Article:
Burning Out About Physician Burnout


“Anyone who cares about patients is doomed to burnout.”


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“Only a sociopath could practice as an employee of a large health system and not be burned out. Anyone who cares about patients is doomed to burnout.” - Anonymous Physician

Today is the first day of Black History Month, but I interrupt my series on the Memphis Scorpions tragedy for a pop-up column on the breaking news about us. The annual Medscape Psychiatry report on physician burnout just came out: “‘I Cry but No One Cares’: Physician Burnout & Depression Report 2023.”1 Today, let’s just focus on the burnout part.

The news is not good. Not that any physician would likely be surprised, but the epidemic rate of physician burnout has escalated once again in this annual survey, now up to 53% collectively. It was 42% in 2018.

Emergency medicine tops the list at 65% and psychiatry is up to 47%. Women are up to 63%, while men are at 46%.

Out of the perceived contributing factors, too many bureaucratic tasks tops the list at 61%, with lack of coworker respect, lack of patient respect, and lack of control up there, too. Half rate the burnout as severe. That wildfire-like severity seems likely to even burn out anything in its path, including some of the benefits of any work/life balance.

Sure, the study methodology is once again suspect. Sure, we can blame the pandemic. Sure, we can point to staff shortages. Sure, we can still hope that Chief Wellness Officers can help, and maybe they have. Maybe the rate would be even higher without them. We can hope that the American Psychiatric Association will come up with something innovative.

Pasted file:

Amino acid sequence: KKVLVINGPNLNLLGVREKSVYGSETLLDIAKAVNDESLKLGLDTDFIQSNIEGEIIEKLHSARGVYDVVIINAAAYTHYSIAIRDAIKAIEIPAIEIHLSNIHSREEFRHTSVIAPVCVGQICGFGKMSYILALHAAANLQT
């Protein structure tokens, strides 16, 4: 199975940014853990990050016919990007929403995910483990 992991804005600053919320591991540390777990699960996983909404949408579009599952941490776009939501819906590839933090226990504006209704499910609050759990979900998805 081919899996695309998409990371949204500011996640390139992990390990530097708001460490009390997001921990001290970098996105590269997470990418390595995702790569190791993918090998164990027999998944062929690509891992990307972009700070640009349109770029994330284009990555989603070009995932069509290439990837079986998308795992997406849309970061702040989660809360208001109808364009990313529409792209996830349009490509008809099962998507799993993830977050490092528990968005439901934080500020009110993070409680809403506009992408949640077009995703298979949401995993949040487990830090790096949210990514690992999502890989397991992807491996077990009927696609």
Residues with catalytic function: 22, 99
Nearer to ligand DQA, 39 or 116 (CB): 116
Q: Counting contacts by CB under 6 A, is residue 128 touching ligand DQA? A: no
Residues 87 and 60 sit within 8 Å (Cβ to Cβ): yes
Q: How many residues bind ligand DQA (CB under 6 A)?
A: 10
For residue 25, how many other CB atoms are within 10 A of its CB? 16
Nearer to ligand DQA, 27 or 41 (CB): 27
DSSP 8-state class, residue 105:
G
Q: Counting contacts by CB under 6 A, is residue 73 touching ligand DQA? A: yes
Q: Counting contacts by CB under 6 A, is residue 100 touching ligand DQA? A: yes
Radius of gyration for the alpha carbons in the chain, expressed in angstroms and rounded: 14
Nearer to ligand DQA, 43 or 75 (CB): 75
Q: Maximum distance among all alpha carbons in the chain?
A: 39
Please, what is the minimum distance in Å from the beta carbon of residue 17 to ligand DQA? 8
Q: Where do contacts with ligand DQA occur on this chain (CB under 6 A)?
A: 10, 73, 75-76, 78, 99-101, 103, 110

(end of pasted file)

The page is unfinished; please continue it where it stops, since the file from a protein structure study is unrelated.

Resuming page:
By now, it appears that documenting the problem is insufficient, including the book I helped coedit.2 I am even feeling burned out about writing about burnout, which is also sweeping across other workplaces in the United States.

What is gaining more traction is unionizing, as 50% of the physician responders now recommend. If this report is generalizable, how else do you now counter a business-controlled field that is hurting you and your patients? These businesses are not just the transformation of the old for-profit managed care companies,3 but also the hospital systems that have risen to challenge them.

What else is there to do?

Perhaps the book some of my other colleagues and I have begun—The Eastern Religions, Spirituality, and Psychiatry—provides another alternative. If physician burnout is becoming normalized, could joining an eastern and western psychological approach to the inevitable suffering be the way to go?4 Shall we follow the song from the movie “Frozen” and “Let It Go”?

Dr Moffic is an award-winning psychiatrist who has specialized in the cultural and ethical aspects of psychiatry. A prolific writer and speaker, he received the one-time designation of Hero of Public Psychiatry from the Assembly of the American Psychiatric Association in 2002. He is an advocate for mental health issues related to climate instability, burnout, Islamophobia, and anti-Semitism for a better world. He serves on the Editorial Board of Psychiatric Times™.


1. Gliadkovskaya A. 'I cry and no one cares': Medscape survey shows doctor burnout, depression is getting worse. Fierce Healthcare. January 30, 2023. Accessed February 1, 2023. https://www.fiercehealthcare.com/providers/new-medscape-report-physician-burnout-depression-shows-its-getting-worse

2. LoboPrabhu S, Summers R, Moffic HS. Combating Physician Burnout: A Guide for Psychiatrists. American Psychiatric Publishing; 2019.

3. Moffic HS. The Ethical Way: Challenges & Solutions for Managed Behavioral Healthcare. Jossey-Bass; 1997.

4. Epstein M. The Zen of Therapy: Uncovering a Hidden Kindness in Life. Penguin Press; 2022.

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